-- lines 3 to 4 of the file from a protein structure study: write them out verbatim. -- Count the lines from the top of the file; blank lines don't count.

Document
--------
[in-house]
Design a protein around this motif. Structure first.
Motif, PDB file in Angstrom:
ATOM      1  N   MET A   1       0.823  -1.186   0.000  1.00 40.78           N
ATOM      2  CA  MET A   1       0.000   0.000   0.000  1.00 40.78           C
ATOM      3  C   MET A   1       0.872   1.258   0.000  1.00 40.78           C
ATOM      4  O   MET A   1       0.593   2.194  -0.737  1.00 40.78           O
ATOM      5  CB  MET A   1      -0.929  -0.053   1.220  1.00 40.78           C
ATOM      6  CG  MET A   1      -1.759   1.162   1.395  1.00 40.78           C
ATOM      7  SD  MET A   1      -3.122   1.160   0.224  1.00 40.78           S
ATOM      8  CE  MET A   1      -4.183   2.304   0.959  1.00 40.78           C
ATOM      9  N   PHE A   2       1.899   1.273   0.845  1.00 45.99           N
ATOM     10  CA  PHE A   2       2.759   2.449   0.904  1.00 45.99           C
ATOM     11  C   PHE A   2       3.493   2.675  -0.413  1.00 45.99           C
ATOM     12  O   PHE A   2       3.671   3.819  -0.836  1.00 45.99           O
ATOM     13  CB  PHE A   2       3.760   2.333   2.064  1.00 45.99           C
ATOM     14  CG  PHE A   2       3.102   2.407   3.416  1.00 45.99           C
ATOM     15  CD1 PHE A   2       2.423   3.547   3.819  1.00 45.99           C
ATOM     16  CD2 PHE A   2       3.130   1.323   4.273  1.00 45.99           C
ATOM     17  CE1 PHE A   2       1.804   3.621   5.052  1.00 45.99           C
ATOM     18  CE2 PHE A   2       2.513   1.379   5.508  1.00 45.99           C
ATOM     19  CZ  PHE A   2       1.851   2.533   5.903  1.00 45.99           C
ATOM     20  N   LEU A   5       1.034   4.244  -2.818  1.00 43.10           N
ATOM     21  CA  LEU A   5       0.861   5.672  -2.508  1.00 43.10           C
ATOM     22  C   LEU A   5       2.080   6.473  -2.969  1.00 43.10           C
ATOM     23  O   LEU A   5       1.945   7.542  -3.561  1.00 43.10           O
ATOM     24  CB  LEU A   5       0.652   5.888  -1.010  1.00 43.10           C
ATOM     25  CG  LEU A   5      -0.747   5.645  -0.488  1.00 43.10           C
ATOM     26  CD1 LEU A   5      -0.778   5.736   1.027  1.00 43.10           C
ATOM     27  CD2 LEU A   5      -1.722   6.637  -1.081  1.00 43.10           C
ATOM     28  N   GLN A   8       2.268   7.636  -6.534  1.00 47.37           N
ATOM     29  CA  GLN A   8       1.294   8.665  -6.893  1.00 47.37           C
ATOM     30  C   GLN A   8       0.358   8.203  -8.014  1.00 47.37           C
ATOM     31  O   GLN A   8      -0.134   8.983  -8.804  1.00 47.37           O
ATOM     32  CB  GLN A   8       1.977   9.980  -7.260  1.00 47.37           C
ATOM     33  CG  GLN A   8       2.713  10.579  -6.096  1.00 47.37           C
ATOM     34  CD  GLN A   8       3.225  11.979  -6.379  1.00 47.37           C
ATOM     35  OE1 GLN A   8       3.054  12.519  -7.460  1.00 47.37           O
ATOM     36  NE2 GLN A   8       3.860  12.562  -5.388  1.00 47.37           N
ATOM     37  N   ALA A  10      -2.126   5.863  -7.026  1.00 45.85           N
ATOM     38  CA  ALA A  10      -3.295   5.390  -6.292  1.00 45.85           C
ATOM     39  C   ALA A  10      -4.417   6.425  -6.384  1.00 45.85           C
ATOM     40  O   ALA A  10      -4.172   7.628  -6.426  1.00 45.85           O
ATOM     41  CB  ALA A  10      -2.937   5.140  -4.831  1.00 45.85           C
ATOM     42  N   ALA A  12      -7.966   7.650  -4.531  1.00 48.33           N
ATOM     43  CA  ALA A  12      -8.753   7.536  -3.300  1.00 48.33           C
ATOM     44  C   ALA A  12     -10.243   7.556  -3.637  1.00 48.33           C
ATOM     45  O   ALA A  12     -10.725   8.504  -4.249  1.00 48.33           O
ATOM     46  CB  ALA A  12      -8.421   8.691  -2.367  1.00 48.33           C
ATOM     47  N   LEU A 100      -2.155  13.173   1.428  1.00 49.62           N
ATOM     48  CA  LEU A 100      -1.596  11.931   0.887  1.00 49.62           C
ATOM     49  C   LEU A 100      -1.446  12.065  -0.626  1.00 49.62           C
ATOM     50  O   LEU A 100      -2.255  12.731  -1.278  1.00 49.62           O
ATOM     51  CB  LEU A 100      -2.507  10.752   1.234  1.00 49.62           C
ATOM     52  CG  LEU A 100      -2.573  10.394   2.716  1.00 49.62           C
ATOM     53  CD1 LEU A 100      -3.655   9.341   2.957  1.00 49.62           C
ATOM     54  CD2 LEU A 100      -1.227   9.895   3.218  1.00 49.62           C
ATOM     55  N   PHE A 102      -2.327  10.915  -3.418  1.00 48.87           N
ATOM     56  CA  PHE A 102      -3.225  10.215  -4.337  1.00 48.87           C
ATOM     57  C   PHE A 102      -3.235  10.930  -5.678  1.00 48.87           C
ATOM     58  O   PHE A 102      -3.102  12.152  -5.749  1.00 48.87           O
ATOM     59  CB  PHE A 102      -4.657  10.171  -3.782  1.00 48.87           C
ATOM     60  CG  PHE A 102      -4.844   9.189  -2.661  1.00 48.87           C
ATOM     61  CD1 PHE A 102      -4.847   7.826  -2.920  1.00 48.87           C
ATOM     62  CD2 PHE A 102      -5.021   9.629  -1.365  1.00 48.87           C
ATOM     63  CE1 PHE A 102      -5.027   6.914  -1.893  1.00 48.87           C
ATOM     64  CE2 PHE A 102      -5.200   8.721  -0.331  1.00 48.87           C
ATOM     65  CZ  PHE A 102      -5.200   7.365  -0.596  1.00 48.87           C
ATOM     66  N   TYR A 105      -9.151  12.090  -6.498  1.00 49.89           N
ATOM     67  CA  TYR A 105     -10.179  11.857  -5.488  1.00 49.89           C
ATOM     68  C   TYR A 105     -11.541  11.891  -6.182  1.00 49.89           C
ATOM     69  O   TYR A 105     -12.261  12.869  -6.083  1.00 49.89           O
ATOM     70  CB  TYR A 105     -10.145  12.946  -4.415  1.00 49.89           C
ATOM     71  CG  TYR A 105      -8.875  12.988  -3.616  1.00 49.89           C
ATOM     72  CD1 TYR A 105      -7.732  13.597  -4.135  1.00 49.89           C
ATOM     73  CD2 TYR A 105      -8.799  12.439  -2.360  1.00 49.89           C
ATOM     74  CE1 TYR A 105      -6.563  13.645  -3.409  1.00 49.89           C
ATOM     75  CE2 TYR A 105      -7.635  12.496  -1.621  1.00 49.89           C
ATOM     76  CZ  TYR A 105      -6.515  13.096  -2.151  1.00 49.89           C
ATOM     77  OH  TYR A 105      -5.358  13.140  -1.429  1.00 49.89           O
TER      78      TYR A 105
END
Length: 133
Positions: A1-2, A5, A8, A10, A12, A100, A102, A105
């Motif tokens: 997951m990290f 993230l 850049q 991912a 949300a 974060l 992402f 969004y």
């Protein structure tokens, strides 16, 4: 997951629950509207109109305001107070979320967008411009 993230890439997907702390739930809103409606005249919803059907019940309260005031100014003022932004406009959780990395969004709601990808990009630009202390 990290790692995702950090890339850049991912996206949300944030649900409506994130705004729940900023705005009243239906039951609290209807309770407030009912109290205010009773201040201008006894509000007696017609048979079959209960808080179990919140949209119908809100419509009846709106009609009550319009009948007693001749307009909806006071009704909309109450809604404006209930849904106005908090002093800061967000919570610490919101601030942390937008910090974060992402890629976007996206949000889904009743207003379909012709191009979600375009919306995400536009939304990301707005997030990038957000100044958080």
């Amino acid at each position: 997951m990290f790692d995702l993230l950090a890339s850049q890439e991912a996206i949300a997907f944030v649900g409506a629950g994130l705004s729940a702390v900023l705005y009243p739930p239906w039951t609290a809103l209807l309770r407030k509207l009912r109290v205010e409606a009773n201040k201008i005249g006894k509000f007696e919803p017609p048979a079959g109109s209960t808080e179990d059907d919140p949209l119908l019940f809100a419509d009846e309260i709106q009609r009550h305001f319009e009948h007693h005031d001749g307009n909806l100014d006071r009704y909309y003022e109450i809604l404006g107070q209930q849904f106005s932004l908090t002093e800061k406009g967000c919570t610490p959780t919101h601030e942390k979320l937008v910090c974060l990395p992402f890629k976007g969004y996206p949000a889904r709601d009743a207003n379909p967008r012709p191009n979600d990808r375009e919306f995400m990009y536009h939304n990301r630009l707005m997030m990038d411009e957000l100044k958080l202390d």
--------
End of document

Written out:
Motif, PDB file in Angstrom:
ATOM      1  N   MET A   1       0.823  -1.186   0.000  1.00 40.78           N